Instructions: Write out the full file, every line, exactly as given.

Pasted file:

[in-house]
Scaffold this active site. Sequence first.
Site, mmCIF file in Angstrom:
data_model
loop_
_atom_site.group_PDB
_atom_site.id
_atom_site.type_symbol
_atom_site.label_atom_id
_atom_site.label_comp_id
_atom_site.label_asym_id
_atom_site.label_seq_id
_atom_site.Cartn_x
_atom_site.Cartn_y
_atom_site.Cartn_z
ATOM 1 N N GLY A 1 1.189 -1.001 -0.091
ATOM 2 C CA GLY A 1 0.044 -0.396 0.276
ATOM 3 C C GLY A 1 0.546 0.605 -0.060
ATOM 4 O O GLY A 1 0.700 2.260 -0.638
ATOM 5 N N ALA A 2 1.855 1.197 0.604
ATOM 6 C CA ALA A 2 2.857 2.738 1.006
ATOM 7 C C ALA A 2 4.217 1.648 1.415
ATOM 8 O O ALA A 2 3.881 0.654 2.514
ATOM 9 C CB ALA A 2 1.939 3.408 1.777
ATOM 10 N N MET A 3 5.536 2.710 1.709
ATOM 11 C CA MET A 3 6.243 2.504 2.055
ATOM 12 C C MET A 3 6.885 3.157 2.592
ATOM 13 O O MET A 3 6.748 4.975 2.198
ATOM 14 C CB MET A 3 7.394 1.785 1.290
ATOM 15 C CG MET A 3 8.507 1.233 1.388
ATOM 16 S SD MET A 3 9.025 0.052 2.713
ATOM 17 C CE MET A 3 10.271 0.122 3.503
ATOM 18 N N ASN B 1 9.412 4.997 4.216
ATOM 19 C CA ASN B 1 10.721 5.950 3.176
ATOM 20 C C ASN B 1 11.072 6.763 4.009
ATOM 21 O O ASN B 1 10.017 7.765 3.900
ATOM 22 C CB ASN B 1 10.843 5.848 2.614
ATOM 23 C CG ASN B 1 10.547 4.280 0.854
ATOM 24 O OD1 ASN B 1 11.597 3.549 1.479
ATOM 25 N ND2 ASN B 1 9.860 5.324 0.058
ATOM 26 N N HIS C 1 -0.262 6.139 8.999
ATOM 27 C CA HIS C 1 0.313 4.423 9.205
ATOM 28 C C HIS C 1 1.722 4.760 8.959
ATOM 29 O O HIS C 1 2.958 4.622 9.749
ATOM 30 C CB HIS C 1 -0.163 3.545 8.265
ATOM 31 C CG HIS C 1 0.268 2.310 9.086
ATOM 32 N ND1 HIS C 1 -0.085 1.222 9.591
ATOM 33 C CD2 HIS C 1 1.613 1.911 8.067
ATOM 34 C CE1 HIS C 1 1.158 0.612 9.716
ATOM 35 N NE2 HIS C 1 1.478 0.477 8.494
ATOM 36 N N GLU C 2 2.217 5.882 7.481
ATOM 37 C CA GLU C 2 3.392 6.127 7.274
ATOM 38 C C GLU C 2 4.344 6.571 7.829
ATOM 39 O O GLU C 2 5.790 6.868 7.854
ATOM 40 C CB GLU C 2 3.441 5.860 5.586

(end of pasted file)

[in-house]
Scaffold this active site. Sequence first.
Site, mmCIF file in Angstrom:
data_model
loop_
_atom_site.group_PDB
_atom_site.id
_atom_site.type_symbol
_atom_site.label_atom_id
_atom_site.label_comp_id
_atom_site.label_asym_id
_atom_site.label_seq_id
_atom_site.Cartn_x
_atom_site.Cartn_y
_atom_site.Cartn_z
ATOM 1 N N GLY A 1 1.189 -1.001 -0.091
ATOM 2 C CA GLY A 1 0.044 -0.396 0.276
ATOM 3 C C GLY A 1 0.546 0.605 -0.060
ATOM 4 O O GLY A 1 0.700 2.260 -0.638
ATOM 5 N N ALA A 2 1.855 1.197 0.604
ATOM 6 C CA ALA A 2 2.857 2.738 1.006
ATOM 7 C C ALA A 2 4.217 1.648 1.415
ATOM 8 O O ALA A 2 3.881 0.654 2.514
ATOM 9 C CB ALA A 2 1.939 3.408 1.777
ATOM 10 N N MET A 3 5.536 2.710 1.709
ATOM 11 C CA MET A 3 6.243 2.504 2.055
ATOM 12 C C MET A 3 6.885 3.157 2.592
ATOM 13 O O MET A 3 6.748 4.975 2.198
ATOM 14 C CB MET A 3 7.394 1.785 1.290
ATOM 15 C CG MET A 3 8.507 1.233 1.388
ATOM 16 S SD MET A 3 9.025 0.052 2.713
ATOM 17 C CE MET A 3 10.271 0.122 3.503
ATOM 18 N N ASN B 1 9.412 4.997 4.216
ATOM 19 C CA ASN B 1 10.721 5.950 3.176
ATOM 20 C C ASN B 1 11.072 6.763 4.009
ATOM 21 O O ASN B 1 10.017 7.765 3.900
ATOM 22 C CB ASN B 1 10.843 5.848 2.614
ATOM 23 C CG ASN B 1 10.547 4.280 0.854
ATOM 24 O OD1 ASN B 1 11.597 3.549 1.479
ATOM 25 N ND2 ASN B 1 9.860 5.324 0.058
ATOM 26 N N HIS C 1 -0.262 6.139 8.999
ATOM 27 C CA HIS C 1 0.313 4.423 9.205
ATOM 28 C C HIS C 1 1.722 4.760 8.959
ATOM 29 O O HIS C 1 2.958 4.622 9.749
ATOM 30 C CB HIS C 1 -0.163 3.545 8.265
ATOM 31 C CG HIS C 1 0.268 2.310 9.086
ATOM 32 N ND1 HIS C 1 -0.085 1.222 9.591
ATOM 33 C CD2 HIS C 1 1.613 1.911 8.067
ATOM 34 C CE1 HIS C 1 1.158 0.612 9.716
ATOM 35 N NE2 HIS C 1 1.478 0.477 8.494
ATOM 36 N N GLU C 2 2.217 5.882 7.481
ATOM 37 C CA GLU C 2 3.392 6.127 7.274
ATOM 38 C C GLU C 2 4.344 6.571 7.829
ATOM 39 O O GLU C 2 5.790 6.868 7.854
ATOM 40 C CB GLU C 2 3.441 5.860 5.586